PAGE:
06 June 2020
Looking at old photographs, and perhaps even film footage, documentaries or virtual tours, is a great way to explore the places, buildings and communities of the past.
If you’re a family history enthusiast, they’ll help you learn about the places your ancestors once lived. And if you’re keen on local history, they’ll give you vital clues about how the place looked in times, the businesses that were run there, the architecture, street furniture and so much more. Here are some ideas of resources to feast your eyes on on your quest to learn about the #StoryOfOurStreet.
A Victorian photographer, Francis Frith toured England documenting the scene with his camera. Today the Frith collection includes 330,000 photographs featuring 7,000 cities, towns and villages. Browse the images (and historic maps) for your places of interest.
The collections of the Museum of the Home (formerly the Geffrye Museum) ‘record people’s everyday experiences of home’.
Explore the 80,000 items held by the museum, via the catalogue – many of the things are domestic utensils and furnishings that are sure to spark memories too.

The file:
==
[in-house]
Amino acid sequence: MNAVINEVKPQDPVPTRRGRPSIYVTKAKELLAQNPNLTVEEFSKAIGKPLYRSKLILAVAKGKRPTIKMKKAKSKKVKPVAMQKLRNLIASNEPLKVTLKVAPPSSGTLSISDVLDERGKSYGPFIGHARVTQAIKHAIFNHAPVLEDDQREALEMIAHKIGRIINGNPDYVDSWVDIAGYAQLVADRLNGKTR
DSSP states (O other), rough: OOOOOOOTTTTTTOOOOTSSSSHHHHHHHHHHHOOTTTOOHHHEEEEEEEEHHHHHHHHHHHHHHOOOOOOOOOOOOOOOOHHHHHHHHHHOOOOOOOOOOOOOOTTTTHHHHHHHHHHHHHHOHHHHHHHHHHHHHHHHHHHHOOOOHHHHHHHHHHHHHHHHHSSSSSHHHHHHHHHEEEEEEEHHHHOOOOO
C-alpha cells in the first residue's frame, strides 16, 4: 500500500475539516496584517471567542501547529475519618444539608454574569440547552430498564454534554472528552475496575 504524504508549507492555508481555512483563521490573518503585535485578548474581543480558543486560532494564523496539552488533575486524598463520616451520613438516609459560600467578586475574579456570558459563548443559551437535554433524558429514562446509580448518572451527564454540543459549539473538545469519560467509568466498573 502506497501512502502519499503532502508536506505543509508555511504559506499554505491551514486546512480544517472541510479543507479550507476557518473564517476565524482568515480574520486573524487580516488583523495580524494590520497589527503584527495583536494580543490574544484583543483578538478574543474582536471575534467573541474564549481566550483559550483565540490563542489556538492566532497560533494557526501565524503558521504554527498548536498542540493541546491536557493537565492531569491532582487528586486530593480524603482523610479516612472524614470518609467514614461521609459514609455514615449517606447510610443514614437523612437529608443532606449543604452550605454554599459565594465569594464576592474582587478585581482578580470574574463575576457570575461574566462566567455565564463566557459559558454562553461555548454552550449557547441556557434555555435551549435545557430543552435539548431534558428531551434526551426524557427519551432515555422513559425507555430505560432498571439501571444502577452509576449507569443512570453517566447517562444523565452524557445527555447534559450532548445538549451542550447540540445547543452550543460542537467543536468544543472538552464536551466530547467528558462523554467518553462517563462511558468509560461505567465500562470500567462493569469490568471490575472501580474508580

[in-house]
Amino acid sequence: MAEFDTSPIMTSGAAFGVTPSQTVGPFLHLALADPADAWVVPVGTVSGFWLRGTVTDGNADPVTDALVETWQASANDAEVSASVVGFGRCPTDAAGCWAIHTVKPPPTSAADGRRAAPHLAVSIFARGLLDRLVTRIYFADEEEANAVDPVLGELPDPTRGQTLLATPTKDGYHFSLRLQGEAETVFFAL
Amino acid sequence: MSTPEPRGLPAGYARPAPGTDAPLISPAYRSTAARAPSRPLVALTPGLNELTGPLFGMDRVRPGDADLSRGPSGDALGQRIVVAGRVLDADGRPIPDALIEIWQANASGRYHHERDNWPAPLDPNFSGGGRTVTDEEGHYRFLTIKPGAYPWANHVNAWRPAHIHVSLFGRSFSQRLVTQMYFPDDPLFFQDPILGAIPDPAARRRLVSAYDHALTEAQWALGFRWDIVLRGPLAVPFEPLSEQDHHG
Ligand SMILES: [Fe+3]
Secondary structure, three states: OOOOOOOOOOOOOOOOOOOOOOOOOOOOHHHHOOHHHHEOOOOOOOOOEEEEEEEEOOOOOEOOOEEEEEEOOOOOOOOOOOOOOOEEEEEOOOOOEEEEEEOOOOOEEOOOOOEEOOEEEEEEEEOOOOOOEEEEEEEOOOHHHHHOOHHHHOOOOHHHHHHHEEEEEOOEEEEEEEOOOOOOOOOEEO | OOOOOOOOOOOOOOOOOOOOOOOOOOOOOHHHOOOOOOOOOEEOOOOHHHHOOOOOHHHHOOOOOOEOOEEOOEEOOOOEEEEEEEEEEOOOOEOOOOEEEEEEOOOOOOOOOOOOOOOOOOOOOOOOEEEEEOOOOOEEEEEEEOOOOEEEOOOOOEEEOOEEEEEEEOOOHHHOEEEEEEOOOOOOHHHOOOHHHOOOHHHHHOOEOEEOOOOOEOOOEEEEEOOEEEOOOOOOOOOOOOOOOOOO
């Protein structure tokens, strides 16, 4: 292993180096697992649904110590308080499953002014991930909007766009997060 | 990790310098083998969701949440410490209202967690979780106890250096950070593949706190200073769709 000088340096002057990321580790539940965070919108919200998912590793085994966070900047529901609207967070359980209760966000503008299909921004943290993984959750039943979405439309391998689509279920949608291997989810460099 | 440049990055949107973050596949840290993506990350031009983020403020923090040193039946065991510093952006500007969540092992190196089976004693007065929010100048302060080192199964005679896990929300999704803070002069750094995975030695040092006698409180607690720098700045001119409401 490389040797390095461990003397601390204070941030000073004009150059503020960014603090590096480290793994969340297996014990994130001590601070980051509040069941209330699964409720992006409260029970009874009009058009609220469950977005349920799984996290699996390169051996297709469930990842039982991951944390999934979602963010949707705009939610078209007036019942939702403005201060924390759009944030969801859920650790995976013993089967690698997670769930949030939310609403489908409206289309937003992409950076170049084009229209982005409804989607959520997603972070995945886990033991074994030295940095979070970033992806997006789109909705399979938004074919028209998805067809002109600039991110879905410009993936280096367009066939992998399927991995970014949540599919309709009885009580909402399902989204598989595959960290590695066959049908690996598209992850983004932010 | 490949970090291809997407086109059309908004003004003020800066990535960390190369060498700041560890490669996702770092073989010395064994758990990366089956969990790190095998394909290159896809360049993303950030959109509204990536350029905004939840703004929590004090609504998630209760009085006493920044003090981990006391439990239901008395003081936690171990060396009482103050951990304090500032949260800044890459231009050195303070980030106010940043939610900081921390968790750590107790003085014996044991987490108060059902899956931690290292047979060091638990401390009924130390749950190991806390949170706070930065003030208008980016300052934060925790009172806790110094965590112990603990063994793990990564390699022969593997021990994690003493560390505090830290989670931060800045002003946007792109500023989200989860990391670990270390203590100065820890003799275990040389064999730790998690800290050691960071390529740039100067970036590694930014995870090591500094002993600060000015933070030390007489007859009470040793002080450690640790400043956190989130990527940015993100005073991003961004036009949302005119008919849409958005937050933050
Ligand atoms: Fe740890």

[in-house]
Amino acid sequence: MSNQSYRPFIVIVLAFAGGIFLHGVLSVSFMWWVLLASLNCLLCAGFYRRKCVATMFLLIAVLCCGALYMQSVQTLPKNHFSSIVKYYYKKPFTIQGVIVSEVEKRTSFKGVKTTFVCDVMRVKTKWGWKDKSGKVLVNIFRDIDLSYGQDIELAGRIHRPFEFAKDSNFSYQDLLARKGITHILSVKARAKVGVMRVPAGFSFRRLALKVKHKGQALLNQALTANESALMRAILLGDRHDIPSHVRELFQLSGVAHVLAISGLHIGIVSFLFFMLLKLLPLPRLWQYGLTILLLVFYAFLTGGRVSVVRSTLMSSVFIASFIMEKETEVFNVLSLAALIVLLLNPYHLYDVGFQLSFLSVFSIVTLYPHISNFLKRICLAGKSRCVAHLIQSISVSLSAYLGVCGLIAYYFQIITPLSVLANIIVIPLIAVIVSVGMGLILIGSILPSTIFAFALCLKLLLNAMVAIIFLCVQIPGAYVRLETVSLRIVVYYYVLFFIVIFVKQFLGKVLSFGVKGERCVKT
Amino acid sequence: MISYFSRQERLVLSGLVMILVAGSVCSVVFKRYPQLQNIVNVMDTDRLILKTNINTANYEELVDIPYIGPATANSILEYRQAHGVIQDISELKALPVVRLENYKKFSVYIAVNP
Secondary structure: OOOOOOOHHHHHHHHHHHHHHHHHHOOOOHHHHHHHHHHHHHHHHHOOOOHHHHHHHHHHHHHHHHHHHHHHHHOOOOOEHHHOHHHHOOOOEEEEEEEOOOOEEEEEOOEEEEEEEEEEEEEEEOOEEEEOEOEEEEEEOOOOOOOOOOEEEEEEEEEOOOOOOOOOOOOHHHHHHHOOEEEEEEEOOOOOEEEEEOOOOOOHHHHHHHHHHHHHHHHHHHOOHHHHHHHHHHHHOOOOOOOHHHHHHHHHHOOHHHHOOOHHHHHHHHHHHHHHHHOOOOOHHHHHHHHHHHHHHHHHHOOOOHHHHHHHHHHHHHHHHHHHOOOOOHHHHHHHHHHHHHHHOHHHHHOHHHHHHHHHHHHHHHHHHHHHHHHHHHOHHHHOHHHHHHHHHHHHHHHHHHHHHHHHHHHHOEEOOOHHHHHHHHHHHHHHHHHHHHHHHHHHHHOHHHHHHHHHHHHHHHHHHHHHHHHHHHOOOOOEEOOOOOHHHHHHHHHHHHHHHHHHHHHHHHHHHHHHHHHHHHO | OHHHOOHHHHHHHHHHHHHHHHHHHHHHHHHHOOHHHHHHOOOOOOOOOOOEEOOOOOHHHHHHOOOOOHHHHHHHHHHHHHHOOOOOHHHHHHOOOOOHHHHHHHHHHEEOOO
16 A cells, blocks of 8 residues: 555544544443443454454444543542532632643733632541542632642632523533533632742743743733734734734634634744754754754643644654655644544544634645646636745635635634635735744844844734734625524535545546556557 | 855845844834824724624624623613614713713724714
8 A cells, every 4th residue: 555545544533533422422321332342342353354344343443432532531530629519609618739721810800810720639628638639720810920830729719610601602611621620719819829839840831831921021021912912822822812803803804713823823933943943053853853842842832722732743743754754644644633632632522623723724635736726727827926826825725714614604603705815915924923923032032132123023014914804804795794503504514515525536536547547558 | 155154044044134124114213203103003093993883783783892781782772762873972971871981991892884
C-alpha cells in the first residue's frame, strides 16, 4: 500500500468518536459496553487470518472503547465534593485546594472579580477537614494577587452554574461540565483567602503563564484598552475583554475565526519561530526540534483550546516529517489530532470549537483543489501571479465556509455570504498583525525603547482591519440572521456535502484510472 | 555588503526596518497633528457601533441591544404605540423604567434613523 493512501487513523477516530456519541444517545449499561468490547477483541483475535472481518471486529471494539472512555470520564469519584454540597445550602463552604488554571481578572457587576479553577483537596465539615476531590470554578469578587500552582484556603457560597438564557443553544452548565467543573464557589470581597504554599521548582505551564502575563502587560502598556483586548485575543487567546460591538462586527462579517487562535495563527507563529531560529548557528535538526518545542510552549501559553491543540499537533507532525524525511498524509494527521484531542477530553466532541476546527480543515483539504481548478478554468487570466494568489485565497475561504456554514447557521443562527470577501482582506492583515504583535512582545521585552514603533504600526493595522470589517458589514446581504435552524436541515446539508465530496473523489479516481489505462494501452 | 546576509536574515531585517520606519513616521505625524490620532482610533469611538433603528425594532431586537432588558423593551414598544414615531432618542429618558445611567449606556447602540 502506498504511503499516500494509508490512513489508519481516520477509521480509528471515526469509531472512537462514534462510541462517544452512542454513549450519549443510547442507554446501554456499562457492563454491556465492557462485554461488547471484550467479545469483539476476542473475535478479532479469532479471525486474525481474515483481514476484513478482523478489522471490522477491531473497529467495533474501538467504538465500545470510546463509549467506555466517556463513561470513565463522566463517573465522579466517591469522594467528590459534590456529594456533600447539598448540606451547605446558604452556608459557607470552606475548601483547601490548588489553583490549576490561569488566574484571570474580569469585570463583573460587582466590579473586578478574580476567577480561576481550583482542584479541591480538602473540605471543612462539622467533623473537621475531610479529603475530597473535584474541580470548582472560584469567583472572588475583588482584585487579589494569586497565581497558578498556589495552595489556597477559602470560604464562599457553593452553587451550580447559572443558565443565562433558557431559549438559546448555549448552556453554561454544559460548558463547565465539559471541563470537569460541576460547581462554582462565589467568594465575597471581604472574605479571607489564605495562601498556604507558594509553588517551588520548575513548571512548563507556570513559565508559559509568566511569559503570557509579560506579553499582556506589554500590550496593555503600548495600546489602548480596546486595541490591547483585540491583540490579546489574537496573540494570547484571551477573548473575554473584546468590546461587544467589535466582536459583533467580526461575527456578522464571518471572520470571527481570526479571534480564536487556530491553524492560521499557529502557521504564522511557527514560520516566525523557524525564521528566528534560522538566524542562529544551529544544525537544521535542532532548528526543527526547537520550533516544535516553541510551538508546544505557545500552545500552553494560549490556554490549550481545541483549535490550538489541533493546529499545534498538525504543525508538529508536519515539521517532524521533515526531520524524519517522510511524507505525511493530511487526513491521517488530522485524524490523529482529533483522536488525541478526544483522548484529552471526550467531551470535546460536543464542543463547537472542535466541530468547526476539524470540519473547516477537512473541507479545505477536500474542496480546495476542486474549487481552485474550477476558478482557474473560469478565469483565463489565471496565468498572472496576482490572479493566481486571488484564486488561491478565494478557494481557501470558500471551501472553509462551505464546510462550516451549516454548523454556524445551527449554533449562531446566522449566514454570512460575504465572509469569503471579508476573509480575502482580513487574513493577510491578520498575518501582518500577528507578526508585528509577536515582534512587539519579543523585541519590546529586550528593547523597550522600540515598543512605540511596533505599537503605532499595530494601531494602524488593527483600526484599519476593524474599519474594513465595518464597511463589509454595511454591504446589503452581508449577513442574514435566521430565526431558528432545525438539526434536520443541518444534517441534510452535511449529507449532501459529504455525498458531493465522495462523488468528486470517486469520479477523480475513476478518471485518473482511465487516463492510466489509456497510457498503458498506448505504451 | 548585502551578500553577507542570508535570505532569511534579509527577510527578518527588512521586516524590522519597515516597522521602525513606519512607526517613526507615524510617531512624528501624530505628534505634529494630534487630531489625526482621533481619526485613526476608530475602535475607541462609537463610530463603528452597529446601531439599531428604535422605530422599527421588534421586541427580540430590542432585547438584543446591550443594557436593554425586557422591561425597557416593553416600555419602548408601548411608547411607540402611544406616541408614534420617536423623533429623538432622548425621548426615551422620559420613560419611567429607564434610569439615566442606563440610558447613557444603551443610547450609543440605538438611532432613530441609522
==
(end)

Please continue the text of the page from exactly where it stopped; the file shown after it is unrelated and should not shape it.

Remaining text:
Tune into the telly
Series 3 of ‘A House Through Time’ has recently started – watch and catch up here: https://www.bbc.co.uk/iplayer/episode/m000jjn8/a-house-through-time-series-3-episode-1
Plus browse YouTube for other social history programmes that will inspire your understanding of the way life was led in the past. For instance:
The National Archives’ ‘What was your area like in Victorian times? - https://www.youtube.com/watch?v=4AjmxETKkNk
Lucy Worsley’s If Walls Could Talk - https://www.youtube.com/watch?v=VK6mwqw0FqQ
And Michael Wood’s ‘The Story of England’ - https://www.youtube.com/watch?v=V_pFSNmSveg
And to find out more about your street history, receive a FREE copy of Pen & Sword's Tracing your house history book when you subscribe to Family Tree magazine today. Click here to claim this offer today!